“If we can demonstrate that we can access the water on the Moon, then we can start to design the equipment that will mine it and deliver it to the outpost,” says Metzger.

And Resource Prospector could help jumpstart a vibrant lunar economy. Numerous private space companies are interested in mining the Moon for water and minerals. And if the industry is able to make enough propellant with this water, they could fill up multiple “space depots” — which could be used to refuel spacecraft in orbit around Earth and the Moon. Such depots could help lower the cost of sending satellites to space, and even make going to Mars a more affordable endeavor. A Mars rocket could fuel up at one of these depots before making the long journey to the Red Planet.

Of course, it could turn out that the water isn’t easily accessible at all, and that could change a lot of plans within the industry. “Right now, we don’t know whether those business cases will close,” says Neal.

Either way, Resource Prospector would tell us a lot about what’s lurking on the Moon, and it seems to fit with what the current administration wants. After the election, Trump’s NASA transition team asked the space agency for its plans to excavate the Moon, and NASA touted the Resource Prospector as a vital mission for that purpose, according to Motherboard. And Administrator Bridenstine tweeted yesterday that he’s looking forward to returning to the Moon, starting with “an aggressive robotic program.” But without Resource Prospector, NASA doesn’t have a fleshed out program to send robots to the Moon’s surface. The space agency plans to start funding small and medium-sized landers in the near future, but no robotic surface mission is as far along as Resource Prospector.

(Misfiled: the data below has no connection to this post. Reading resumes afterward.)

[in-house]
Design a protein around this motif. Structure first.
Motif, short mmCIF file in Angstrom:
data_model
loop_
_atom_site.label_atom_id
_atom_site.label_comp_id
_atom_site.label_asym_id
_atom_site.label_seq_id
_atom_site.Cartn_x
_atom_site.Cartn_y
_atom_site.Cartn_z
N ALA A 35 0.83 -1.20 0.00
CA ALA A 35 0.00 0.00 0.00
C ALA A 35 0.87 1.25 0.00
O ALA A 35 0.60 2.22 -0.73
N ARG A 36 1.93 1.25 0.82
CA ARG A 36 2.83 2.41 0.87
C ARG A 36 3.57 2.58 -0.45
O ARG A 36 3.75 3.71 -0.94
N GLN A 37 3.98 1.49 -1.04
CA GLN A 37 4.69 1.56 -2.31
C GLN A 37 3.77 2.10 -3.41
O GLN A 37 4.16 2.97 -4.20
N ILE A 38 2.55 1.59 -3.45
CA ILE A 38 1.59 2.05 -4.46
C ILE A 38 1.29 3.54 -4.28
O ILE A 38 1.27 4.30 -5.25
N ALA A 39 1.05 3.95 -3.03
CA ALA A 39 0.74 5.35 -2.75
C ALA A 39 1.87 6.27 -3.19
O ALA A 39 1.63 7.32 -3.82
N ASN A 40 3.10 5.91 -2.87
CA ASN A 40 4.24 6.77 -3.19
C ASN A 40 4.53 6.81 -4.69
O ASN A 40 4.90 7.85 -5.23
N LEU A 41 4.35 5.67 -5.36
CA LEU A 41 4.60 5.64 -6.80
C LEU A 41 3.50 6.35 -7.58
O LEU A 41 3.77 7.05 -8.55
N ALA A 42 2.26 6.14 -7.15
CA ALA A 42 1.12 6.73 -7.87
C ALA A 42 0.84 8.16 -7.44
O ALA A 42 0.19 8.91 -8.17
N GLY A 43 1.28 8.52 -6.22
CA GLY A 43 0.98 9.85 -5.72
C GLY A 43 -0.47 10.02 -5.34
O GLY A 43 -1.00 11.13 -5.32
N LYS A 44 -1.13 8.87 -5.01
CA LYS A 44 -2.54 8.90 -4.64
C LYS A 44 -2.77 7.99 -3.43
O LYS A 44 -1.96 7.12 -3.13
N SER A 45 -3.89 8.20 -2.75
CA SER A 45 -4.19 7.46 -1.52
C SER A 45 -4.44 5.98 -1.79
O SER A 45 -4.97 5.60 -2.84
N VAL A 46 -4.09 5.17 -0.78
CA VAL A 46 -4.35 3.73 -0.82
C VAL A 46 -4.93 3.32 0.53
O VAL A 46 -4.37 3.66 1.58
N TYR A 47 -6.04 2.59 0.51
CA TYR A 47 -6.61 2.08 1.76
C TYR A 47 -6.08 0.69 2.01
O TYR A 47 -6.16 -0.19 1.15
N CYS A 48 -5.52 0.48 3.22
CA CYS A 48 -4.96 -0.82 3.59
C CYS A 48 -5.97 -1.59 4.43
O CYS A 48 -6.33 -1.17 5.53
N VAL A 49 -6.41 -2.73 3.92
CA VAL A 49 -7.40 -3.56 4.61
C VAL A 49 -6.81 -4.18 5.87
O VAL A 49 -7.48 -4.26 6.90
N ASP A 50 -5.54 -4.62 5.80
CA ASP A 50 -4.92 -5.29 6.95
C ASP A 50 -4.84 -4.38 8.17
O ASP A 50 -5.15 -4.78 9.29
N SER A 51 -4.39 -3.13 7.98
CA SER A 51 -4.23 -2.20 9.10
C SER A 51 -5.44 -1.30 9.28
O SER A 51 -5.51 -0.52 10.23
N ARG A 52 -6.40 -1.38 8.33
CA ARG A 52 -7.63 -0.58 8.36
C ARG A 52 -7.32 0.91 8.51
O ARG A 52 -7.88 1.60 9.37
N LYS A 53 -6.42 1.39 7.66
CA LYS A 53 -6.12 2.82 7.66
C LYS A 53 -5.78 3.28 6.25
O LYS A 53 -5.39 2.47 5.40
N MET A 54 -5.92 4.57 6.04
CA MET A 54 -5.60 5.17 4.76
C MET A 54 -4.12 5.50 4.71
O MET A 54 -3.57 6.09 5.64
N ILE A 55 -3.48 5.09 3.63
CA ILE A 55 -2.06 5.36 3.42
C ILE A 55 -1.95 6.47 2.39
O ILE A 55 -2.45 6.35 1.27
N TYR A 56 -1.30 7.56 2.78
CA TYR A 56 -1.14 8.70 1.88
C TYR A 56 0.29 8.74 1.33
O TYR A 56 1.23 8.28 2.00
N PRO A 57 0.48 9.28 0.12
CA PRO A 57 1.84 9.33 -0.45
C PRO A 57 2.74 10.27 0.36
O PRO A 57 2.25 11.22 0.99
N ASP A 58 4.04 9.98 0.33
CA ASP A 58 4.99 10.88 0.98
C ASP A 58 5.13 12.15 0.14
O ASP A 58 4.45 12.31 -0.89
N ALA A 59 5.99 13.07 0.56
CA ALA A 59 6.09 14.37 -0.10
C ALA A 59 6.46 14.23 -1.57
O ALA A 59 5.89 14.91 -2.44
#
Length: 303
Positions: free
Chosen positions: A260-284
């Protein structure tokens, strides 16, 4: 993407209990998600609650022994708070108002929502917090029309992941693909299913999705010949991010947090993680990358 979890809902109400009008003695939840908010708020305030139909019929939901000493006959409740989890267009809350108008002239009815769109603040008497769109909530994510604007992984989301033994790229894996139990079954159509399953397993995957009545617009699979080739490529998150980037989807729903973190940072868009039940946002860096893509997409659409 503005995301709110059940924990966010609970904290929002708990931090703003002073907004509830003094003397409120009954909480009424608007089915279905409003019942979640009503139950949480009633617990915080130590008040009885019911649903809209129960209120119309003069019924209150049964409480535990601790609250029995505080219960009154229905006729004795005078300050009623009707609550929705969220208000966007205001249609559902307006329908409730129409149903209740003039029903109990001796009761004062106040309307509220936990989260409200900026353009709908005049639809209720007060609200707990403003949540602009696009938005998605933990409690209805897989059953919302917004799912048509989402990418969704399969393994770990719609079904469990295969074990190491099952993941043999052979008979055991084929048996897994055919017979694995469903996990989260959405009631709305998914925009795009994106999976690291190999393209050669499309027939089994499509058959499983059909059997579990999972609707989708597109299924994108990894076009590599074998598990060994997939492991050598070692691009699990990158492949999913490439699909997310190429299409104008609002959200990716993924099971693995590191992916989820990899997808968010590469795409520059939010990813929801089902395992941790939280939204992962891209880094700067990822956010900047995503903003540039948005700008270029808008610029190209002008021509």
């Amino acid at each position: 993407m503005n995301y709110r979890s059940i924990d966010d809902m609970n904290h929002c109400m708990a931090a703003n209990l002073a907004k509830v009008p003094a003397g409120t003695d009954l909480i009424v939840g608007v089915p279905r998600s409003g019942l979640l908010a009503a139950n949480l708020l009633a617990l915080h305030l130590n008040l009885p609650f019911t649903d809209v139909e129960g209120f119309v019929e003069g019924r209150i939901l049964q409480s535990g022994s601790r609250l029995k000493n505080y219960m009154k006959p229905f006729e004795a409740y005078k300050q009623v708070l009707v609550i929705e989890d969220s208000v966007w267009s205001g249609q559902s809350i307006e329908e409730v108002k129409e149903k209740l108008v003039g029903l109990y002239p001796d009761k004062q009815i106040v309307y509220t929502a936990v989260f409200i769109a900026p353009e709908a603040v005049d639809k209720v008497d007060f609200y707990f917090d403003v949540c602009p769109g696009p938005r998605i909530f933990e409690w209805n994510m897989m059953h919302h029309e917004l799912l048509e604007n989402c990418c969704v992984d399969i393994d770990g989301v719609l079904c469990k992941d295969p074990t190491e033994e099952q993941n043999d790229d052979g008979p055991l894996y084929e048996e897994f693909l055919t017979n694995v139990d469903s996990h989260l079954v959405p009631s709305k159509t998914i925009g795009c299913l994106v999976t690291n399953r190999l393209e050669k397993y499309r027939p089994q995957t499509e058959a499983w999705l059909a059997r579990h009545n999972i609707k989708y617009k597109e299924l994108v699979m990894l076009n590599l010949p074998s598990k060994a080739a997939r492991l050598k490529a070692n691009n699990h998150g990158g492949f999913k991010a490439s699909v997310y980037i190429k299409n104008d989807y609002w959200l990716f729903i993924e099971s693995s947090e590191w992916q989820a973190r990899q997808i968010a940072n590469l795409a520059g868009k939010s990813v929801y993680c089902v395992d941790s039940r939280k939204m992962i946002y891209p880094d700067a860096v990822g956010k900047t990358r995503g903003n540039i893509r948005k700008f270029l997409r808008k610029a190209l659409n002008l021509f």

The Trump administration has also said that it wants to increase NASA’s partnerships with the commercial space industry. Resource Prospector did just that: it’d help inform companies that want to mine the Moon, and NASA planned to use a commercial lander to get the rover to the lunar surface, Metzger claims.

Canceling Resource Prospector means starting from scratch when it comes to sending astronauts back to the Moon. “People have been talking about, How can we do Moon missions as fast as possible? Well, this is the only mission we’ve been developing to go to the Moon,” says Metzger. “It’s actually a super important mission and I can’t think of anything more important to do on the Moon than this.”